visits

Visits to the dentist can evoke memories of traumatic sexual abuse

dentist
Credit: CC0 Public Domain

The defencelessness experienced while sitting in the dentist’s chair can prompt memories of sexual abuse, finds endodontist Eva Wolf in her new study.

She has interviewed 13 people, who had such experiences, and found many are scared and avoid going to the dentist, do not show up for scheduled appointments, or leave ongoing treatment.

“It is very clear that the situation at the dentist is reminiscent of abuse previously experienced. It is the same defencelessness and powerlessness that arises in situations of abuse. By recognizing these reactions, dental care can contribute to the disclosure of abuse,” says Wolf, associate professor of endodontics at Malmö University.

She points out that dental education and dental hygienist education are among the programs that, according to the Swedish Higher Education Ordinance, must educate students about men’s violence against women, and violence in close relationships.

“Healthcare professionals must be attentive and

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Avoid dental cleanings and other routine visits to the dentist for now

You should delay your routine dental cleaning until the coronavirus pandemic eases, according to new guidance from the World Health Organization. Dentists, hygienists, and other oral care providers have a heightened risk of contracting COVID-19 and passing it to patients because “they are in close contact with their patients’ mouths, use spray-generating equipment that produces airborne particles, [and] are exposed to saliva, blood and body fluids,” WHO said.

“WHO advises that routine non-essential oral health care—such as check-ups, dental cleanings, and preventive care—be delayed until there has been sufficient reduction in COVID-19 transmission rates,” the U.N. agency said.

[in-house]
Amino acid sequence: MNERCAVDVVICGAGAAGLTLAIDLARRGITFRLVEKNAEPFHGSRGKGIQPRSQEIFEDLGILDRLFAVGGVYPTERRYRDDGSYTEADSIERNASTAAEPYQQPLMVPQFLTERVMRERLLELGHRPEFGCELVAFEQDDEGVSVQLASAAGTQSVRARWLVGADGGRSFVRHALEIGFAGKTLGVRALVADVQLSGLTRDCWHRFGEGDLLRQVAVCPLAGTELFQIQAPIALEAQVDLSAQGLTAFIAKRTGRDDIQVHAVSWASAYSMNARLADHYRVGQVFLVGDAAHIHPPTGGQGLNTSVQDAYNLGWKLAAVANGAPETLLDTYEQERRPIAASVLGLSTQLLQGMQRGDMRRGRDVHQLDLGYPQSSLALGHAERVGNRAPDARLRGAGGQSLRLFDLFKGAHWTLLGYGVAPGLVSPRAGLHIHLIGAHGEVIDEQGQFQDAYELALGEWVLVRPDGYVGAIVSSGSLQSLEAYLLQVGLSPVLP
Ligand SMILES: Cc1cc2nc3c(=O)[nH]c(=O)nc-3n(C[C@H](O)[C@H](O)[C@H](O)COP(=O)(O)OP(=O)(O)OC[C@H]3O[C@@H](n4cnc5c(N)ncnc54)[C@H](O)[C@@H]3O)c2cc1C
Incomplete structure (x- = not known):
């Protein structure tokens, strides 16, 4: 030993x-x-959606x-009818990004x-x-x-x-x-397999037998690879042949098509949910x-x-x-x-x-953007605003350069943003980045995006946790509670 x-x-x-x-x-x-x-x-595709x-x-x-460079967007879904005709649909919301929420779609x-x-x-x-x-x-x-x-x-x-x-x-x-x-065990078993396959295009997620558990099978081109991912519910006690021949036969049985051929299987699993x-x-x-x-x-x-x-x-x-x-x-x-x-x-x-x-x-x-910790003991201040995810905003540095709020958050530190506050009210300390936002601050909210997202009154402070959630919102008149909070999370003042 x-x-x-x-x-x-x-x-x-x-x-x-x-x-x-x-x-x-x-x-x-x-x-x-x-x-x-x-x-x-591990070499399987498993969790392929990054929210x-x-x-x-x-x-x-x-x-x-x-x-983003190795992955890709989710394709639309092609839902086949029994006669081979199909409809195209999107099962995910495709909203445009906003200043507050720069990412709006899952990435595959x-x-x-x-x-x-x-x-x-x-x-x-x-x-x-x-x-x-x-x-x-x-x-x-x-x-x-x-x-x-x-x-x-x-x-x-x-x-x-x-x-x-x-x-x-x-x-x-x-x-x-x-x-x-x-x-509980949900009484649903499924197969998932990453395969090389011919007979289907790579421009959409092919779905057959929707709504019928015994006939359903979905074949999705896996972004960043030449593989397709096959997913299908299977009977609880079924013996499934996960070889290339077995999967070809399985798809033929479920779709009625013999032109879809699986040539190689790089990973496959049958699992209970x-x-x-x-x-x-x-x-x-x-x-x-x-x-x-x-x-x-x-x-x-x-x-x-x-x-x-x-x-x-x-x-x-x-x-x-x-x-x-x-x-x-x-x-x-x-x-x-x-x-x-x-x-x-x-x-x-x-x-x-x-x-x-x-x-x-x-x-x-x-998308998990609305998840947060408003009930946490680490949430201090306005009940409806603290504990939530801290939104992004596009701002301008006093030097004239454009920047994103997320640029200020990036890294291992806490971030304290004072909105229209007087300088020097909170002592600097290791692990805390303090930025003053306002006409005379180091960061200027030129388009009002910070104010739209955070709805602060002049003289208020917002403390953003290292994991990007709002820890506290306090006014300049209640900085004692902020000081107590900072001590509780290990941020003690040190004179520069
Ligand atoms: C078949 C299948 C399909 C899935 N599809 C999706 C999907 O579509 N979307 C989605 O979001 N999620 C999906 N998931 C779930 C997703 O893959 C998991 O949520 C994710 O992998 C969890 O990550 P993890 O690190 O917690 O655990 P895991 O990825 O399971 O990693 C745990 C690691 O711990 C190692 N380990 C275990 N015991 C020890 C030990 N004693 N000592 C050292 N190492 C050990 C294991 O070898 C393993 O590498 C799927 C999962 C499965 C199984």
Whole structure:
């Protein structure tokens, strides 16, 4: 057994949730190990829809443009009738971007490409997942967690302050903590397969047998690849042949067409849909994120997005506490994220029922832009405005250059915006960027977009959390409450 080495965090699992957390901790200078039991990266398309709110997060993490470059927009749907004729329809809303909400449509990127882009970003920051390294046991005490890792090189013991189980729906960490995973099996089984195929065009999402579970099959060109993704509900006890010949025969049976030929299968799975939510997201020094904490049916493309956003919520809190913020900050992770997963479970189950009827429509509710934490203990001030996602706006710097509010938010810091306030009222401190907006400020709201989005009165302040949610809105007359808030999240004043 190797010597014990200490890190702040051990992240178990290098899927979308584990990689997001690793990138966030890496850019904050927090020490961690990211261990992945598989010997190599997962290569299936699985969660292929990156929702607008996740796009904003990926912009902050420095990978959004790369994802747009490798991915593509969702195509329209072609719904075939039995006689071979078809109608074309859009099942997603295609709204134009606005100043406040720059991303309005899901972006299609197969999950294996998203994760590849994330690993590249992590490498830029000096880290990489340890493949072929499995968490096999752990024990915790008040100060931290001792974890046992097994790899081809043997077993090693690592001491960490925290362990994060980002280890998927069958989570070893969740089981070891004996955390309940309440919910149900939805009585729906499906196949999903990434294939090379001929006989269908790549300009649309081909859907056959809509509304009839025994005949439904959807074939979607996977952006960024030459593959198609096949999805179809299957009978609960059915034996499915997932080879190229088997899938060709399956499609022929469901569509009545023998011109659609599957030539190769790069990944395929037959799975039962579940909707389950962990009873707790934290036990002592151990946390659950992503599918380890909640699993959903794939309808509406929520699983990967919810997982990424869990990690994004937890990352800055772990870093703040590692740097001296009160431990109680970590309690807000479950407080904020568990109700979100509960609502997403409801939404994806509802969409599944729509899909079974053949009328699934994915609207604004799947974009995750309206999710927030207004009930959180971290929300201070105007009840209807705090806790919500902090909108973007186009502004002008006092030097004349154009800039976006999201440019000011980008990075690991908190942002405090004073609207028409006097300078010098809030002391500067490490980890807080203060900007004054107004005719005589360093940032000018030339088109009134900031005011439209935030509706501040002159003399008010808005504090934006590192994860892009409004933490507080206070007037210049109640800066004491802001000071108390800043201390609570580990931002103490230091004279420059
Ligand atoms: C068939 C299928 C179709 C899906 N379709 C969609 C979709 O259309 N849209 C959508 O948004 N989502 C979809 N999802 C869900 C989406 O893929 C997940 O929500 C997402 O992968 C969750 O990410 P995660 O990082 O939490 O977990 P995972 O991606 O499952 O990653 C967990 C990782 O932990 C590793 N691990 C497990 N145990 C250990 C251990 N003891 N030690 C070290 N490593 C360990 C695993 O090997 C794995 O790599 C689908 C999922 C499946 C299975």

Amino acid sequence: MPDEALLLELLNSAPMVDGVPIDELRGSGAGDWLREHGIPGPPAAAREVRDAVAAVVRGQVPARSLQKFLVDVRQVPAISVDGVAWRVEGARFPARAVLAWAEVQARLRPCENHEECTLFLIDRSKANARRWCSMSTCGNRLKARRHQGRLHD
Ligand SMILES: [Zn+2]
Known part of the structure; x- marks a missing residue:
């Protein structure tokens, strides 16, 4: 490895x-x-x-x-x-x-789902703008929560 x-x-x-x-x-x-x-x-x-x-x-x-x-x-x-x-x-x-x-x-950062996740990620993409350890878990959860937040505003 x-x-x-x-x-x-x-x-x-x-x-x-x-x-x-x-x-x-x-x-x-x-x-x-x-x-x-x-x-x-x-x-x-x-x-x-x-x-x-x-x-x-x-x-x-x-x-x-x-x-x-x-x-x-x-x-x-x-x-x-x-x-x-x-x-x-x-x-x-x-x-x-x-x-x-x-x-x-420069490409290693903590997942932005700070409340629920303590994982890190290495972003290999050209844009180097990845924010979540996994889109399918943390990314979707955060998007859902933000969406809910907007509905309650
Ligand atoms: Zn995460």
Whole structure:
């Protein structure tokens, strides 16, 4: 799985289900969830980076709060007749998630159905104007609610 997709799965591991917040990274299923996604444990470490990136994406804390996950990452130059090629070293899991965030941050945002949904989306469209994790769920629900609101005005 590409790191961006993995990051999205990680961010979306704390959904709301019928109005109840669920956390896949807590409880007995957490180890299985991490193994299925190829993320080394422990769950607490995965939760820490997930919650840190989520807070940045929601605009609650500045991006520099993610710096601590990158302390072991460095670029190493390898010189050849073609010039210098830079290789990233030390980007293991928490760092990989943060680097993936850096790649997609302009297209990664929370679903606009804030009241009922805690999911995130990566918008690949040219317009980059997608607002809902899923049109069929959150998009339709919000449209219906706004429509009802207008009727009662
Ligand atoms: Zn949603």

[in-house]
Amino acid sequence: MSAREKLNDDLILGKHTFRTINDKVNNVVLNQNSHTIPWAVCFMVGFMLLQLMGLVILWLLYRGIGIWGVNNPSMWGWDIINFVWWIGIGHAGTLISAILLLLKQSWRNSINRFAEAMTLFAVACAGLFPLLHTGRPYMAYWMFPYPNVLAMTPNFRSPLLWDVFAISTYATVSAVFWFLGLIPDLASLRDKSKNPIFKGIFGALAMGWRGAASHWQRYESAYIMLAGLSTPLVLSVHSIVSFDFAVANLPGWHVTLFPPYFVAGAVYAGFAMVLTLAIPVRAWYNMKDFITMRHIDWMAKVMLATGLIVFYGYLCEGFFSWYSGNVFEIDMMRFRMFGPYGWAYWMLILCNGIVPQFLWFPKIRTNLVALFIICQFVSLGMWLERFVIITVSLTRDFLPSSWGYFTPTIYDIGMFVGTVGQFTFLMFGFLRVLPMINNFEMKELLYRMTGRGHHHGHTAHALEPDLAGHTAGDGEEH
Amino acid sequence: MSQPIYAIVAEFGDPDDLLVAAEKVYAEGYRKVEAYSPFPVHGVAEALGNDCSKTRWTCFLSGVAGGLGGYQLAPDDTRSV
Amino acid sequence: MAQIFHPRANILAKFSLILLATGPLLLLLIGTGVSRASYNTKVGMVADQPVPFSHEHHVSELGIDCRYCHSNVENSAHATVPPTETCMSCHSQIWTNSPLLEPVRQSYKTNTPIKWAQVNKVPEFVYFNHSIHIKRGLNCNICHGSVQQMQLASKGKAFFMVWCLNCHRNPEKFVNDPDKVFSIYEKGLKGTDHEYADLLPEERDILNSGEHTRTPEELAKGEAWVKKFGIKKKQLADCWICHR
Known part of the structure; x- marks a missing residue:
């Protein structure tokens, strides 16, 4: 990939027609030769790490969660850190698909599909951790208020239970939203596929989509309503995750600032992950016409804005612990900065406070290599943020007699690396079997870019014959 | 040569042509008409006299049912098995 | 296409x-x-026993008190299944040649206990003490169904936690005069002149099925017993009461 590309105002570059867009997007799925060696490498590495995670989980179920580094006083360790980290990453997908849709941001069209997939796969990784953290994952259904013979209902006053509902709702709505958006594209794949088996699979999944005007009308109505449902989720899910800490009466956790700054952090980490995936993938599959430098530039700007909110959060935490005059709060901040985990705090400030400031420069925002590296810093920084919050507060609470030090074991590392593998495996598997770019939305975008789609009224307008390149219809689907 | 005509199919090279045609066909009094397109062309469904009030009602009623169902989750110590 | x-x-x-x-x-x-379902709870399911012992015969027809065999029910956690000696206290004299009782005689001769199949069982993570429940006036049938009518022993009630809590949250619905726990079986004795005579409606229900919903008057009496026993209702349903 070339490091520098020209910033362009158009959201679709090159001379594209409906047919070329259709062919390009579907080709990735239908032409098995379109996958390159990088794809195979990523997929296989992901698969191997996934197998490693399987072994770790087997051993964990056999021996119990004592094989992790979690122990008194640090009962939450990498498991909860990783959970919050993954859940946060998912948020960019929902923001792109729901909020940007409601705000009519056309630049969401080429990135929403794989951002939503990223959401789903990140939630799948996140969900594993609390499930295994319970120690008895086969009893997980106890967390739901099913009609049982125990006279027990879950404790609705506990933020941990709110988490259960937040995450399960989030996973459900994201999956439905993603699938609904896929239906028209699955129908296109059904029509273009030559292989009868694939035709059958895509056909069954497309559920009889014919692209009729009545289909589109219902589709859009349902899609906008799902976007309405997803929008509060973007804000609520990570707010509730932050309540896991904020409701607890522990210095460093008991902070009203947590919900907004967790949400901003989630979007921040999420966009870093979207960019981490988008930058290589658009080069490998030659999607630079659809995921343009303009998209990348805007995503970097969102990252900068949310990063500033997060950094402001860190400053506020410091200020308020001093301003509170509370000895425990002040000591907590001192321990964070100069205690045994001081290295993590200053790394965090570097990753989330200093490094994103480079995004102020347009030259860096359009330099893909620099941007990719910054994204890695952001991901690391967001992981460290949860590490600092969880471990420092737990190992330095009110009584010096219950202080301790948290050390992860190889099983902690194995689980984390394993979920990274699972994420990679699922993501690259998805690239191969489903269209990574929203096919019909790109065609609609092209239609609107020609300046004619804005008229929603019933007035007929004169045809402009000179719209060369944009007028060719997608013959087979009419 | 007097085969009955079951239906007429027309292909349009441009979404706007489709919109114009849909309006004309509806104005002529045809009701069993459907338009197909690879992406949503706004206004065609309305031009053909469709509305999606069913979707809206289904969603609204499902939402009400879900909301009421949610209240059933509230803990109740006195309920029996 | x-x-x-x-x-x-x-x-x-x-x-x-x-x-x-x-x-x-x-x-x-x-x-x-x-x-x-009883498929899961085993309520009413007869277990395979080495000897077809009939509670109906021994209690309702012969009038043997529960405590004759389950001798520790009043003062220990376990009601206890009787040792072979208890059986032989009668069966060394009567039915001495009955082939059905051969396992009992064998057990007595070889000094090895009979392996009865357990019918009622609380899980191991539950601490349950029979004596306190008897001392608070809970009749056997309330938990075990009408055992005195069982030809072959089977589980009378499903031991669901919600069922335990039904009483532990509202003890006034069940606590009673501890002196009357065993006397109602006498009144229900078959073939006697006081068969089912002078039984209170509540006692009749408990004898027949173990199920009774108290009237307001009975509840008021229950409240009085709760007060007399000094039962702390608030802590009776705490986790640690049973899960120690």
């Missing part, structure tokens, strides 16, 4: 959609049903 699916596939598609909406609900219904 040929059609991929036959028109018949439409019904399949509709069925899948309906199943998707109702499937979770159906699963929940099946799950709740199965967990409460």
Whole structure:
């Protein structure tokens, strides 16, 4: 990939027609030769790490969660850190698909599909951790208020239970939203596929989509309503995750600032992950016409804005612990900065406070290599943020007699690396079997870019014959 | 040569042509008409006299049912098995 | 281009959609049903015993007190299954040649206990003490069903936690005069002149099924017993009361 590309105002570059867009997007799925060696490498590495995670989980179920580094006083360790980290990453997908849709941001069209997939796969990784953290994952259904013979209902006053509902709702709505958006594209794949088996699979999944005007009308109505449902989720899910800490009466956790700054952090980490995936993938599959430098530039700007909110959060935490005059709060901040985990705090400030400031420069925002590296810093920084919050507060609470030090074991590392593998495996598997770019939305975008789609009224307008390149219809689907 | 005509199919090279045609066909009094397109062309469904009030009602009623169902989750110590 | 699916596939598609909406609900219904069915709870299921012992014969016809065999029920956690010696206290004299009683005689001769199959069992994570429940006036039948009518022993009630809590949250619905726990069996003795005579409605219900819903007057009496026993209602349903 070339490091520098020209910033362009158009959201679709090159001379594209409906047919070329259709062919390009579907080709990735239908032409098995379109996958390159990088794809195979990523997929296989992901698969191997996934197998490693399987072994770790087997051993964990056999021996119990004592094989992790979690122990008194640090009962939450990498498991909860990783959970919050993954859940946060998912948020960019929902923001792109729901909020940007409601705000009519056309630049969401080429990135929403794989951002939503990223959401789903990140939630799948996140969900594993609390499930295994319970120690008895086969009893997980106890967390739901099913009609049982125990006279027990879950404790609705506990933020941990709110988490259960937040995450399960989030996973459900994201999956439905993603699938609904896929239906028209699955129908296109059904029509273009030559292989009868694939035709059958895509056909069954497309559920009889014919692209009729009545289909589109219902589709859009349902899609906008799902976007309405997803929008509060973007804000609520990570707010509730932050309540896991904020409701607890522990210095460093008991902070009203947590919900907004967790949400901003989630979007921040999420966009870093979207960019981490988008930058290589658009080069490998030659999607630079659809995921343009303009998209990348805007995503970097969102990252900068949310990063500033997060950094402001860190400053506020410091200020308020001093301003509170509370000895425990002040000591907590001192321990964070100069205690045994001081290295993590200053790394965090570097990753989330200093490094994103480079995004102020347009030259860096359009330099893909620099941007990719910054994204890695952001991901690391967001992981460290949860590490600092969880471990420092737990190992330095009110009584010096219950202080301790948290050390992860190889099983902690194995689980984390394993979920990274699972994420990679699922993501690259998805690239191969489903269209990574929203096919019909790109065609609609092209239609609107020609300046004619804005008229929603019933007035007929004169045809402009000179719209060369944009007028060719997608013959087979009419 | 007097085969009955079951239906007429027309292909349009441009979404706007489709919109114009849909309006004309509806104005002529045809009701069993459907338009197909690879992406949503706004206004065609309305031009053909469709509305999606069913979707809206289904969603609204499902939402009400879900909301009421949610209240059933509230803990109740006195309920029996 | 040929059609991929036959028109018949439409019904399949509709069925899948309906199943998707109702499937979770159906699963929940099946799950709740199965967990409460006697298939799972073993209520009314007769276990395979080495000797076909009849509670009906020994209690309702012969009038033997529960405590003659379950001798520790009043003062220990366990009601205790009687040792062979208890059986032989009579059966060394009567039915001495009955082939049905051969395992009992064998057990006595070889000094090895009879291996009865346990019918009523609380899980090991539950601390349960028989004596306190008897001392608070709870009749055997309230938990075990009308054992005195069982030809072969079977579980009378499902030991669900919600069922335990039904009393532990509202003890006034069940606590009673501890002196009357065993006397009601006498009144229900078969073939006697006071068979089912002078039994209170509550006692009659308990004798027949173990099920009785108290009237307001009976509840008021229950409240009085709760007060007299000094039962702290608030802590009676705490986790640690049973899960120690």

Almost three-quarters of countries surveyed said that the coronavirus pandemic has disrupted dental services—higher than for any other type of essential service,

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Maine dentist visits will look different as offices reopen

Starting Monday, going to the dentist will look a little different. Before you arrive, in many cases, you’ll have to fill out an online form. Then when you arrive you’ll have to answer these four questions, and then you will be met by an office worker to take your temperature. “Today is an optional reopening for dental practices, it is not mandatory,” Dr. Brad Rand said. As the reopening process starts, Rand said safety is the main priority. “There is a difference between being safe and feeling safe, you can be one or both,” Rand said. “I would say that patients are going to be safe at your dental offices.” Many offices WMTW News 8 spoke with who were open told us they were booked up with appointments, while others are staying closed and are only opened for emergencies. But a visit to the dentist’s office won’t look quite like … Read More

Local dentist researchers technology to help make office visits safer in time of COVID

Oral health can be a concern for people who are sheltering at home.

Dentistry is defined by close contact with patients, and distancing in the era of COVID-19 poses new challenges.

From the air down to the water, a local doctor is bringing high tech infection control to his neighborhood office.

When news of the virus shutting down China made its way to the U.S, Dr Michael Czarkowski sunk his teeth deep into research.

“We’ve got to come up with a plan and I’m a pro-active person so I tried to figure out what do I have to do in my practice to protect my patients, my team and my family,” he said.

The dentist who typically sees 80 to 100 patients a week now sees about five for emergency procedures only.

And with worries about COVID-19, the phone isn’t exactly ringing off the hook.

“I can just tell some

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